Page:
Giving You Fitts

One of the most well-understood and salient principles underlying the ergonomics of graphical user interface design is Fitts’ Law. Named for Paul Fitts, a psychologist at Ohio State University, Fitts’ Law is a mathematical model of fine motor control which predicts how long it takes to move from one position to another as a function…

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Where do the Smiles go?

Over the last month, you’ve sent us thousands and thousands of comments about Office 2007 Beta 2 using the Send a Smile tool. For taking the time to install our beta and writing down your thoughts (positive and negative) I am very grateful. A few bloggers have posited that “it’s not worth sending feedback because…

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Usability: Art and Science

Yesterday morning we were sitting in the office of one of our usability researchers watching some DVCAM tapes from tests conducted a few weeks ago. We had a discussion that got me thinking about a set of tests we ran several years ago to determine the discoverability characteristics of contextual tabs. At the time, contextual…

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Usability Stockholm Syndrome

One of the many ways we test designs with real people is through usability testing. Although in Office 2007 we’ve greatly expanded the range, scope, and types of testing we’ve done to include everything from remote testing to extremely early deployments to longitudinal studies, we still do our share of standard usability tests. What is…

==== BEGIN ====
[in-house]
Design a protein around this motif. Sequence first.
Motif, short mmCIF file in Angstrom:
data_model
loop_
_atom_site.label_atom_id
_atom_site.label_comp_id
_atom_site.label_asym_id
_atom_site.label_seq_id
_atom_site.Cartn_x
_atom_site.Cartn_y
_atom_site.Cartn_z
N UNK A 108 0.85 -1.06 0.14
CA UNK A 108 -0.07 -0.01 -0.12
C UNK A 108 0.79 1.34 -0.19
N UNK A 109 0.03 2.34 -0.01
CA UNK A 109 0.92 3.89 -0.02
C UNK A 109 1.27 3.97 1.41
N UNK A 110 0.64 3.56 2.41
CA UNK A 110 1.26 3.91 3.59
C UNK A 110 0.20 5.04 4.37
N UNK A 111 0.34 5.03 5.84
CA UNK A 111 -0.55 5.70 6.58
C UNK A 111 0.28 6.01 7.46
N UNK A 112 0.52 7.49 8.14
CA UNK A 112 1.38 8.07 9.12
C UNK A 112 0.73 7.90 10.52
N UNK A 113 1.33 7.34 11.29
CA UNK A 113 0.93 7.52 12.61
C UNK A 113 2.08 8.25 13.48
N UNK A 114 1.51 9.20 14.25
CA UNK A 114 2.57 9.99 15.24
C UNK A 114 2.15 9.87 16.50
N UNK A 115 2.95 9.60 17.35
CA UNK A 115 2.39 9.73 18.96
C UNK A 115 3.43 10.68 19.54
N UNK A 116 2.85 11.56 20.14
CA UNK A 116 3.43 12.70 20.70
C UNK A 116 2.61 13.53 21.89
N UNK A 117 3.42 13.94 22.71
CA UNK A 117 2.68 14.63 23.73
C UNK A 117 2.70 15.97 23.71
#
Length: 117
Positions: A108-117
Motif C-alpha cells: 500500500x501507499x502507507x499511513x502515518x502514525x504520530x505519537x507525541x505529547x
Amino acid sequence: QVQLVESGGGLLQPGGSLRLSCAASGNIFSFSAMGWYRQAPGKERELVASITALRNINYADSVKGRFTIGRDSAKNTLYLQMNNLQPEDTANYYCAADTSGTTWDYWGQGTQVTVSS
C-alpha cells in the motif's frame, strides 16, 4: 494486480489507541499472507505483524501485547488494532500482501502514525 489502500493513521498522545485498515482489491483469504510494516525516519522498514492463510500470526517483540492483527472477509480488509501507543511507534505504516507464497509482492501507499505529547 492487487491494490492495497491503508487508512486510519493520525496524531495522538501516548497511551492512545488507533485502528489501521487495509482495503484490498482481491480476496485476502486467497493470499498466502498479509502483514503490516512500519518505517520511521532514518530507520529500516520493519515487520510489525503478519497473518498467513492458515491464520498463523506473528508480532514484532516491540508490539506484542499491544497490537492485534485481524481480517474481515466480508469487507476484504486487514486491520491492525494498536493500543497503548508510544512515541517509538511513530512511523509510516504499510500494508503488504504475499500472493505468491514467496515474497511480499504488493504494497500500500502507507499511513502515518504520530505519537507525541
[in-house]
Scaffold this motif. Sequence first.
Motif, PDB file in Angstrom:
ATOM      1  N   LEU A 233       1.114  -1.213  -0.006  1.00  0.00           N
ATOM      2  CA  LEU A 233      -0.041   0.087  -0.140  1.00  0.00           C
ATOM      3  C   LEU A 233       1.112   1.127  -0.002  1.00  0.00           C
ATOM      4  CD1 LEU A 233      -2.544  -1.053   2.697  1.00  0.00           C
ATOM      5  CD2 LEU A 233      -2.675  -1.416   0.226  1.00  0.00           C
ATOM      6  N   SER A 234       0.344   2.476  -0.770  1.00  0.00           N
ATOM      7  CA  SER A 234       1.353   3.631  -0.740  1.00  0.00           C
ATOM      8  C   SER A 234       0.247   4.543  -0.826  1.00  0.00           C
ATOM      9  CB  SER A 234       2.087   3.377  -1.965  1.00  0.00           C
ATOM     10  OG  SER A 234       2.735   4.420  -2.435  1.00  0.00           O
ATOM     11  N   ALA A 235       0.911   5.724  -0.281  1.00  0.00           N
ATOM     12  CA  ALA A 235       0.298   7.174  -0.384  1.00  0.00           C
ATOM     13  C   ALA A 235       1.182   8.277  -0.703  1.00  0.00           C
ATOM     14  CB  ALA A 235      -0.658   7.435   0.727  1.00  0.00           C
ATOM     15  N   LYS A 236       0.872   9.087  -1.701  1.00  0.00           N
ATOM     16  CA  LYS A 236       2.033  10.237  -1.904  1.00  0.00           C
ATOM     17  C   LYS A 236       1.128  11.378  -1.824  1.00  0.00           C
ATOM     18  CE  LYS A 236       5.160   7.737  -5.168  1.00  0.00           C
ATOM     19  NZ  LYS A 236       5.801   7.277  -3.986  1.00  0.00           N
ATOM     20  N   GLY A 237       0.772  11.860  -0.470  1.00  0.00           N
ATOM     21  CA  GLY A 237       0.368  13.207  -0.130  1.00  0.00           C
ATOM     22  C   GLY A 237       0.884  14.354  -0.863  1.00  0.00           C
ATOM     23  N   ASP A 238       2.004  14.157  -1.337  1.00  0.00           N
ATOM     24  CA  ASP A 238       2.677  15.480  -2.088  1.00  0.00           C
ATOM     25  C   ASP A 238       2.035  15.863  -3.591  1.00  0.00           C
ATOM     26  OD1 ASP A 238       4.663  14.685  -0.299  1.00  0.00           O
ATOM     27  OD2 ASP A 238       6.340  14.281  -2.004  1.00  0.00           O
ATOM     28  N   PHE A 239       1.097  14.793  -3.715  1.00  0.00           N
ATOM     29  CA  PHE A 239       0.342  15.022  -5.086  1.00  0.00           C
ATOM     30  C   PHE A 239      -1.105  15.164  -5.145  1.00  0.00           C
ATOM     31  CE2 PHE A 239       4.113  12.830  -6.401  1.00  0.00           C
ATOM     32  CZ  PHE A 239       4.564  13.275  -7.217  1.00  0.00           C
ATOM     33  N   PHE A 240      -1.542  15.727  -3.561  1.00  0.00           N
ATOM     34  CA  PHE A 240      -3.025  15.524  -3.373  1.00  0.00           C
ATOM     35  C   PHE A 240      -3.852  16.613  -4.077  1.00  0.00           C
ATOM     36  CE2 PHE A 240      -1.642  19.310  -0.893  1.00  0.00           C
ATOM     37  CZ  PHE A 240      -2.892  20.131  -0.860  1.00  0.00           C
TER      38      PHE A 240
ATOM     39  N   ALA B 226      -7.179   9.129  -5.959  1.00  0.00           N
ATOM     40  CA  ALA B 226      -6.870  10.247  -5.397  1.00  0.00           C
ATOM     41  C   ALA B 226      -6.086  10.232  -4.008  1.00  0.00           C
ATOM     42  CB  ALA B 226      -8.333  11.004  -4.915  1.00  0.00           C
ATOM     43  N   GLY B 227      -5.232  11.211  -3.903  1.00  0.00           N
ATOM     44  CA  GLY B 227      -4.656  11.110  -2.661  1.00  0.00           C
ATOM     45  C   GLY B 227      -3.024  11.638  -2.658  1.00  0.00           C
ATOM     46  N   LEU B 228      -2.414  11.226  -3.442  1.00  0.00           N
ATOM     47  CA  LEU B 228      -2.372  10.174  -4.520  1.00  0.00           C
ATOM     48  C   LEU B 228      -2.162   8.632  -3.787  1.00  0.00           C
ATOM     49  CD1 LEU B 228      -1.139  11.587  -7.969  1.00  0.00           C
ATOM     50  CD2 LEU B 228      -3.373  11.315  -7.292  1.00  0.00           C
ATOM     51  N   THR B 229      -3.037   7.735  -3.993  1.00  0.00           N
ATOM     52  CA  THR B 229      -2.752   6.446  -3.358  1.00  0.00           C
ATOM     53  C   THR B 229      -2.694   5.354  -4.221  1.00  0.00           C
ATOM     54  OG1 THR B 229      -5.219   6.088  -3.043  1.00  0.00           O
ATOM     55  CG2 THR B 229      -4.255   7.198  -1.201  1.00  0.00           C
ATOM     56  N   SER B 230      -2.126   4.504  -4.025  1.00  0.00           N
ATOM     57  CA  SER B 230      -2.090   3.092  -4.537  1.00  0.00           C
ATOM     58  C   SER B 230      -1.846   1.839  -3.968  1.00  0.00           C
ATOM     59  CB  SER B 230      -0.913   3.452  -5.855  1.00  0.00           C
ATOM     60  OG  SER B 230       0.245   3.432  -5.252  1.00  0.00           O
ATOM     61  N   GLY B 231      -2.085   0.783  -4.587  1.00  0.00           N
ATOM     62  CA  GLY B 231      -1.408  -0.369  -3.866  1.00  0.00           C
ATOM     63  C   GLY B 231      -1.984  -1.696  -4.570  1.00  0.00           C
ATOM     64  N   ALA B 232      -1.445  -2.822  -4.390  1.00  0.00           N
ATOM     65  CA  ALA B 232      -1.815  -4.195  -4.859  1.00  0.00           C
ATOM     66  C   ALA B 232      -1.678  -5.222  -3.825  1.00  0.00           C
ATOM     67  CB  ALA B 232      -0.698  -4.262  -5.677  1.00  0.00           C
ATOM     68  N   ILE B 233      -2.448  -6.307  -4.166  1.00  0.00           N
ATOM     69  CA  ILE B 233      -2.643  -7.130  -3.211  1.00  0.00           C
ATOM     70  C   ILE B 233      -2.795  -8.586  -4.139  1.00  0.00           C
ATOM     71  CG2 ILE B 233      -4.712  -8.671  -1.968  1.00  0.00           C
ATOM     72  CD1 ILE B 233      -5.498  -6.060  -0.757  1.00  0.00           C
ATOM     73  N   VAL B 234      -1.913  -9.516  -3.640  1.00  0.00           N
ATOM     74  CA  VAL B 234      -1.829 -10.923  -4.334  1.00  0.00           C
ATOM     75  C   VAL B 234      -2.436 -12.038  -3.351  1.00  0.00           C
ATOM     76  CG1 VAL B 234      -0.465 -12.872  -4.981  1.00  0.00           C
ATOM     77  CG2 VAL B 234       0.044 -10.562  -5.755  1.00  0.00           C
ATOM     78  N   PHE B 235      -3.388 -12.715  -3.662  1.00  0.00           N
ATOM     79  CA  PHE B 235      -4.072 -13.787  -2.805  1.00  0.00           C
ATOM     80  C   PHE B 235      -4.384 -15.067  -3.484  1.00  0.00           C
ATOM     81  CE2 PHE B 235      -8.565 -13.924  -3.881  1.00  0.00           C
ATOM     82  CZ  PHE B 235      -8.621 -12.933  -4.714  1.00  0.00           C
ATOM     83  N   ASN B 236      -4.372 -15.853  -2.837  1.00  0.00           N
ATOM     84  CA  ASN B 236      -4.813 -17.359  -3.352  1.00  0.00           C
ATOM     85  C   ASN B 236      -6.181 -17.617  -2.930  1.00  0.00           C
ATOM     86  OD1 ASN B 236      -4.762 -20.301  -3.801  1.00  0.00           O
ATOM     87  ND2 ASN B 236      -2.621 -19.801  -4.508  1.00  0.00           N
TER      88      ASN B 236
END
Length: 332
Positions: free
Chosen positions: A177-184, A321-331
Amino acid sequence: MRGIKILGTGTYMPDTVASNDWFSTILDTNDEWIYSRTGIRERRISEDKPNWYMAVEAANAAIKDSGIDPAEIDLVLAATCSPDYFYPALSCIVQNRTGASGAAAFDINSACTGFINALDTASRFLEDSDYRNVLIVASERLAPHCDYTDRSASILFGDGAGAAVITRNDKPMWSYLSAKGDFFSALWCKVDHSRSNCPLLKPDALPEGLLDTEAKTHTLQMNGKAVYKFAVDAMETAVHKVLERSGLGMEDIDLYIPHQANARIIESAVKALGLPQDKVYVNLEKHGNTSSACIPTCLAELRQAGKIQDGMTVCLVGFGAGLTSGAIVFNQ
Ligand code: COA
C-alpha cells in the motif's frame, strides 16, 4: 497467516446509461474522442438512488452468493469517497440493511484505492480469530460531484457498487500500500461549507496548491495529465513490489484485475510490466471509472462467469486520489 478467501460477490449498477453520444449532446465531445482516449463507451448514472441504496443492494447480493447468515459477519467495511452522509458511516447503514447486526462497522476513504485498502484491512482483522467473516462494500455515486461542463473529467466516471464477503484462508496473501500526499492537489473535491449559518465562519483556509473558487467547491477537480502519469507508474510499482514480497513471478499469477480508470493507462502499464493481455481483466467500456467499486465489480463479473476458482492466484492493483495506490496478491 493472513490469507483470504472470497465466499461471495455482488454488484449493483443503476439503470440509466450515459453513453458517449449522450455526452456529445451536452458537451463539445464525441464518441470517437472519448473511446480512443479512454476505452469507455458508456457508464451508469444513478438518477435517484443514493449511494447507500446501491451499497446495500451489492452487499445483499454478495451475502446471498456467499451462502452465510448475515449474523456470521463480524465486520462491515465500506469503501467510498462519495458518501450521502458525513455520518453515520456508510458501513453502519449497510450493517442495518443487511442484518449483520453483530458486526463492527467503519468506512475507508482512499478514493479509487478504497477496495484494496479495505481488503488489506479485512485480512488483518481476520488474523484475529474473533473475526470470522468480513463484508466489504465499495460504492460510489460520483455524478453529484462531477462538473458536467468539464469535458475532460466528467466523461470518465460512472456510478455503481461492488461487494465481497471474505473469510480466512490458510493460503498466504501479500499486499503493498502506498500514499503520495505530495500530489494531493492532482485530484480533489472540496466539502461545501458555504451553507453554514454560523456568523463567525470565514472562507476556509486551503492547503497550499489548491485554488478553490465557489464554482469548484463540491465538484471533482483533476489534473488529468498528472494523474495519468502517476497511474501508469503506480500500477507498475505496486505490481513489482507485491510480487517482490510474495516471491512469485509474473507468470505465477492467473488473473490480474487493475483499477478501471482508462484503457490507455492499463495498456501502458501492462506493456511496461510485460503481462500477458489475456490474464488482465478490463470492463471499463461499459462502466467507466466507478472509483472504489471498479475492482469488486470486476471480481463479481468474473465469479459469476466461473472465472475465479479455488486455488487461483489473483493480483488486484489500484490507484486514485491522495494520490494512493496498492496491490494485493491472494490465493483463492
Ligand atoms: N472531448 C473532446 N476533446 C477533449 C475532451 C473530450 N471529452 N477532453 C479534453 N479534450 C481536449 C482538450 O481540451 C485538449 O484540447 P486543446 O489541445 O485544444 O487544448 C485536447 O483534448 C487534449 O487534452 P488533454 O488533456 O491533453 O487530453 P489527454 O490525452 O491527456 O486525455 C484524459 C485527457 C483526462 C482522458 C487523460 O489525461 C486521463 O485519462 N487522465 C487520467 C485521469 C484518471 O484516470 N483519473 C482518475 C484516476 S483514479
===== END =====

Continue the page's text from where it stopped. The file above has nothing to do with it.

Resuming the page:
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Prototyping With PowerPoint

A couple of weeks ago when I talked about The Feature Bob Invented, I mentioned that we use PowerPoint as an easy way to prototype UI, especially in the early stages of design. A number of people have asked me for more details, and so today I thought I’d go through it step-by-step. We use…

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Measuring Results

A couple of us on the UI team were having a conversation about the comments to yesterday’s post.  Someone pointed out that it appears we’ve discovered a community on the internet of people just as obsessed about UI as we are around here. 🙂 I wanted to build on yesterday’s conversation by helping you to…

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The Feature Bob Invented

It was a cold winter afternoon early in 2004, and we were in the midst of doing some of the first usability tests with a working, clickable prototype of the Ribbon.  (Prior to that, most of our prototypes had been paper-based.) This particular prototype was put together in PowerPoint as a fairly inexpensive way to…

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Quality Is Usability

We have a number of ongoing, long-term projects designed to help us test the overall usability and learning curve of the new Office 12 user interface. One of the most important tasks has been a full deployment of Office 12 Beta 1 within a local company.  We chose a dozen people with all different job…

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Paper Prototypes

Often people ask us "how did you come up with the ideas for the Office 12 user interface?" That’s a big question.  And the answer isn’t simple. What is easier to describe is the process by which we work to validate the design choices that we make as we go along.  The very first ideas…

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Fast At Any Speed

One of the major engineering feats associated with shipping Office is making sure it runs fast enough.  This effort, which we classify under the broad heading of “performance” includes responsiveness (how quickly a button responds when you click it), throughput (how fast Excel can recalculate a spreadsheet), and “perceived” performance (do the fade out of…

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